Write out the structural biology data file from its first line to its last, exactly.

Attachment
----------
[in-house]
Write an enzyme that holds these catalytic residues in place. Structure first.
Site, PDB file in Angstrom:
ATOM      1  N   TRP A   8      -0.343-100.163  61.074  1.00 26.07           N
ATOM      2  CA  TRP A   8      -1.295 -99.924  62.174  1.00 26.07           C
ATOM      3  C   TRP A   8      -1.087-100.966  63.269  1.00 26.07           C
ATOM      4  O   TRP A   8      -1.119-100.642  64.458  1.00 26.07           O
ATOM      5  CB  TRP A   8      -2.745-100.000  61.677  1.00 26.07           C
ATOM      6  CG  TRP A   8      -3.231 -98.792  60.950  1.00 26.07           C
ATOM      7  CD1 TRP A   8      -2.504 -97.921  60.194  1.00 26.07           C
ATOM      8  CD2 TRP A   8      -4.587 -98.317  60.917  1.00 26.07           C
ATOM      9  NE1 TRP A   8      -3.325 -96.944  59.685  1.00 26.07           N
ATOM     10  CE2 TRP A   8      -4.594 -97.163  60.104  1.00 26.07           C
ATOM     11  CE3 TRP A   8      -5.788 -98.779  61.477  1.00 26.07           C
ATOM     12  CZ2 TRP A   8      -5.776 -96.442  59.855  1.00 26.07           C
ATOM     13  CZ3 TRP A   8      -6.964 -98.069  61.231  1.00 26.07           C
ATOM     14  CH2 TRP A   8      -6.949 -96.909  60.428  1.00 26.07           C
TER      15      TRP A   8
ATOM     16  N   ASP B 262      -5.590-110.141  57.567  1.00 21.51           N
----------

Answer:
[in-house]
Write an enzyme that holds these catalytic residues in place. Structure first.
Site, PDB file in Angstrom:
ATOM      1  N   TRP A   8      -0.343-100.163  61.074  1.00 26.07           N
ATOM      2  CA  TRP A   8      -1.295 -99.924  62.174  1.00 26.07           C
ATOM      3  C   TRP A   8      -1.087-100.966  63.269  1.00 26.07           C
ATOM      4  O   TRP A   8      -1.119-100.642  64.458  1.00 26.07           O
ATOM      5  CB  TRP A   8      -2.745-100.000  61.677  1.00 26.07           C
ATOM      6  CG  TRP A   8      -3.231 -98.792  60.950  1.00 26.07           C
ATOM      7  CD1 TRP A   8      -2.504 -97.921  60.194  1.00 26.07           C
ATOM      8  CD2 TRP A   8      -4.587 -98.317  60.917  1.00 26.07           C
ATOM      9  NE1 TRP A   8      -3.325 -96.944  59.685  1.00 26.07           N
ATOM     10  CE2 TRP A   8      -4.594 -97.163  60.104  1.00 26.07           C
ATOM     11  CE3 TRP A   8      -5.788 -98.779  61.477  1.00 26.07           C
ATOM     12  CZ2 TRP A   8      -5.776 -96.442  59.855  1.00 26.07           C
ATOM     13  CZ3 TRP A   8      -6.964 -98.069  61.231  1.00 26.07           C
ATOM     14  CH2 TRP A   8      -6.949 -96.909  60.428  1.00 26.07           C
TER      15      TRP A   8
ATOM     16  N   ASP B 262      -5.590-110.141  57.567  1.00 21.51           N